Panel Paper: Teacher Incentive Fund Impacts on Teacher Retention in Virginia

Saturday, November 8, 2014 : 4:30 PM
Aztec (Convention Center)

*Names in bold indicate Presenter

Allison Atteberry, University of Colorado, Boulder and James Wyckoff, University of Virginia
A large urban Virginia district has engaged in a pay-for-performance teacher incentive policy awarded through the Teacher Inventive Fund (TIF) Grant competition. The policy provides a significant monetary award to teachers in eligible schools that qualify to receive the performance-based compensation. We have several years of pre-treatment data, and 4 years of post-treatment data. In this district, 30 of the 80 schools were identified to participate in the TIF program. In previous work, we have examined whether there is any discernable impact of the Program on student achievement. Now, we turn to the more immediate question of whether teacher behaviors such as retention and transfers can be affected by the TIF program. In particular, we examine whether certain kinds of teachers are more or less affected, whether the size of the bonus matters, and whether teachers of higher or lower value-added appear to respond differently to the TIF program.

Because so many factors together shape the choices of teachers in schools, it is often difficult to determine what causes any observed changes during a given period of time. In the absence of random assignment, the current study determined program-eligibility by a strict formula based on school-level FRPL percentages. This approach created the possibility of conducting two quasi-experimental analyses which compare schools within the district who were and were not assigned to implement the Program:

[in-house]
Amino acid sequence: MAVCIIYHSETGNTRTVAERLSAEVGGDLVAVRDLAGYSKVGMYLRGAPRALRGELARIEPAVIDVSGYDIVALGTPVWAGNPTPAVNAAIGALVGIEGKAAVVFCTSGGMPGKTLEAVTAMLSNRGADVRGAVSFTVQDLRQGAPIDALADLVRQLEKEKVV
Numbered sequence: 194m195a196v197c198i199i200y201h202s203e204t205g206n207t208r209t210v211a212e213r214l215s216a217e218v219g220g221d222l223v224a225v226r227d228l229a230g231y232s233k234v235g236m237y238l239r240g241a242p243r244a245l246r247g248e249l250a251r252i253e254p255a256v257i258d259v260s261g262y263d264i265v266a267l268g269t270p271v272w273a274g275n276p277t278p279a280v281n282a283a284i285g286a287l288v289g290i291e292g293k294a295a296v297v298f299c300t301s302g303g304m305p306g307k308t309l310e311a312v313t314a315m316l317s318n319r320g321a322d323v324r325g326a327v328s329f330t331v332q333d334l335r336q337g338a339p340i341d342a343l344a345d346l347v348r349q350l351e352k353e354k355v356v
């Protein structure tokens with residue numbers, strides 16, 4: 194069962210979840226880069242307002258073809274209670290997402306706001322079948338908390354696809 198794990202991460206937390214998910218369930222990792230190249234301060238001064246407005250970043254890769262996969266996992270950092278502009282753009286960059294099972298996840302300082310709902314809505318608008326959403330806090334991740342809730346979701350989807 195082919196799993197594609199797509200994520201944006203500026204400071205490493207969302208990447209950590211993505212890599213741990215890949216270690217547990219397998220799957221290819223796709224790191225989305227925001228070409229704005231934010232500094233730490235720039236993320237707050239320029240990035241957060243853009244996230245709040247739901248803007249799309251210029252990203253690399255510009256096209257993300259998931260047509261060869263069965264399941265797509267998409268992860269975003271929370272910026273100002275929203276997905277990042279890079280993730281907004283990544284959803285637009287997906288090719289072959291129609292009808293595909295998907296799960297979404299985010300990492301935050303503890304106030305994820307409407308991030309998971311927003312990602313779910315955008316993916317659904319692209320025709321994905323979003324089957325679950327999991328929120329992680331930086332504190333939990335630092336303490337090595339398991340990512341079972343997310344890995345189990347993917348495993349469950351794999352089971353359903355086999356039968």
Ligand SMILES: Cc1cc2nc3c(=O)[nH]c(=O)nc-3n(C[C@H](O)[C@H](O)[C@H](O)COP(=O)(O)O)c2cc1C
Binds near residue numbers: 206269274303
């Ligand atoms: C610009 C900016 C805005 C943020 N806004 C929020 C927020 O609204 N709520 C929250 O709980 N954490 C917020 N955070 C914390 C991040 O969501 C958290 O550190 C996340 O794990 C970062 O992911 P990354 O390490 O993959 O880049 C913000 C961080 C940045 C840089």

We are concerned that any observed trends in outcomes within the treatment schools might not be due to the Program, but instead trends may reflect changes in outcomes that were taking place throughout the district. The difference-in-differences (DiD) analysis therefore incorporates the trends in outcomes in a set of matched, non-treated Comparison schools, chosen specifically because they were comparable to the treatment schools in key ways. Because the DiD analysis compares treatment schools to Comparison schools both before and after the implementation of the Program, we can eliminate all unobserved time-invariant factors as potential explanations for the estimated impact of the program. However, the DiD analysis is susceptible to sources of bias from unobserved time-varying factors. We therefore also implement a second methodological approach that has the stronger causal warrant, but has a more limited population of causal inference.

The regression discontinuity (RD) approach relies on comparing the outcomes of schools that were just above and below the threshold for eligibility to participate in the intervention. Because whether a school has 49% or 50% FRPL is arguably random, we expect all factors other than program participation to be very similar.  The RD has a strong causal warrant for identifying the changes in student- and teacher-outcomes that were caused by the Program. The RD analysis has a few short-comings however: The analysis has low statistical power, since there are relatively few schools very “near” the threshold for eligibility. In addition, the RD estimates pertain to schools that have about 50% FRPL students and may not apply to extremely high- or low- SES schools (limited external validity).